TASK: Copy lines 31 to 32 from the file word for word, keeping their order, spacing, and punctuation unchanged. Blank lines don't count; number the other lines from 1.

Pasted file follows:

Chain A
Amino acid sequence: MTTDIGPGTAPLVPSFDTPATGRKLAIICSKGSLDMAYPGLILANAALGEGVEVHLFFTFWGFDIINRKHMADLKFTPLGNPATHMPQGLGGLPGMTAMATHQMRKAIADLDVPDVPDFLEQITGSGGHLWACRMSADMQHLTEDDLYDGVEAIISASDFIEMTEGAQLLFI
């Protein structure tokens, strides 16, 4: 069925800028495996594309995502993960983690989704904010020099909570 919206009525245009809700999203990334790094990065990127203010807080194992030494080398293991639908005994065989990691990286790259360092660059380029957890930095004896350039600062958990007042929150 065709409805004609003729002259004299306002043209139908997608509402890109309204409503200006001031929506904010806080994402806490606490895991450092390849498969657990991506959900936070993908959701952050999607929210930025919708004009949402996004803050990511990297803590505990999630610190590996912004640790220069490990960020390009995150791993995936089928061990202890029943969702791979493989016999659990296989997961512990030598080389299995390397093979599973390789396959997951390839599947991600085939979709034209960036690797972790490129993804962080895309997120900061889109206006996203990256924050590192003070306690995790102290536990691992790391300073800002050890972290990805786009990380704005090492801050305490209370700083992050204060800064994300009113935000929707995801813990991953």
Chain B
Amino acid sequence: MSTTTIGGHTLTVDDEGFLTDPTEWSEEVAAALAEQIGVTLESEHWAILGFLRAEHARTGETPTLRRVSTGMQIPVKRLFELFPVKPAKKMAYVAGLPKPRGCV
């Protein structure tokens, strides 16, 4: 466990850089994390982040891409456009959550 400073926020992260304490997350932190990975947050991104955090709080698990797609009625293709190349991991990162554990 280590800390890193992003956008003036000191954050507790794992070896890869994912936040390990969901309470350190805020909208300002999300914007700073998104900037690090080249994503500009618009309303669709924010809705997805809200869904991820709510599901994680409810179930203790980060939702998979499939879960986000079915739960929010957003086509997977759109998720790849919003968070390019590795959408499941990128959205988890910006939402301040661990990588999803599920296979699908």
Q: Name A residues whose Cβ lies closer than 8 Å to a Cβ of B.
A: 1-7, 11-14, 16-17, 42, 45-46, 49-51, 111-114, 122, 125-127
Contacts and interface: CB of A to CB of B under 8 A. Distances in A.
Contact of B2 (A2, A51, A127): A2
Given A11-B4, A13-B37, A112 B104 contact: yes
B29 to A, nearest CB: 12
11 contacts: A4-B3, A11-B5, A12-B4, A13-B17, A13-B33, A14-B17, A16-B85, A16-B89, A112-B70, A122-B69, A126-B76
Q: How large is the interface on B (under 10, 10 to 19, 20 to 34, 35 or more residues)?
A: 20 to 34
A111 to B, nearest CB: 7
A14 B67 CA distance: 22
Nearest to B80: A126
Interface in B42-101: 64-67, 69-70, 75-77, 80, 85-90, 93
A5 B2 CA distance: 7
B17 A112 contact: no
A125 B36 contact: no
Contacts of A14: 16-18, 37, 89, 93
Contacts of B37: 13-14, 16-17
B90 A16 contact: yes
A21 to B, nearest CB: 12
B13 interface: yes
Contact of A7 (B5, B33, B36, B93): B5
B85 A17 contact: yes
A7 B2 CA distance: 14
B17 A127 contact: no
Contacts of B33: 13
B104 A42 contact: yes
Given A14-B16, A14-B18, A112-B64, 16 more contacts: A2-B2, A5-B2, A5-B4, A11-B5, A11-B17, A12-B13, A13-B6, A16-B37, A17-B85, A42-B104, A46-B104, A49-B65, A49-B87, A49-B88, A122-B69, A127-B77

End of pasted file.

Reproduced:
B17 A127 contact: no
Contacts of B33: 13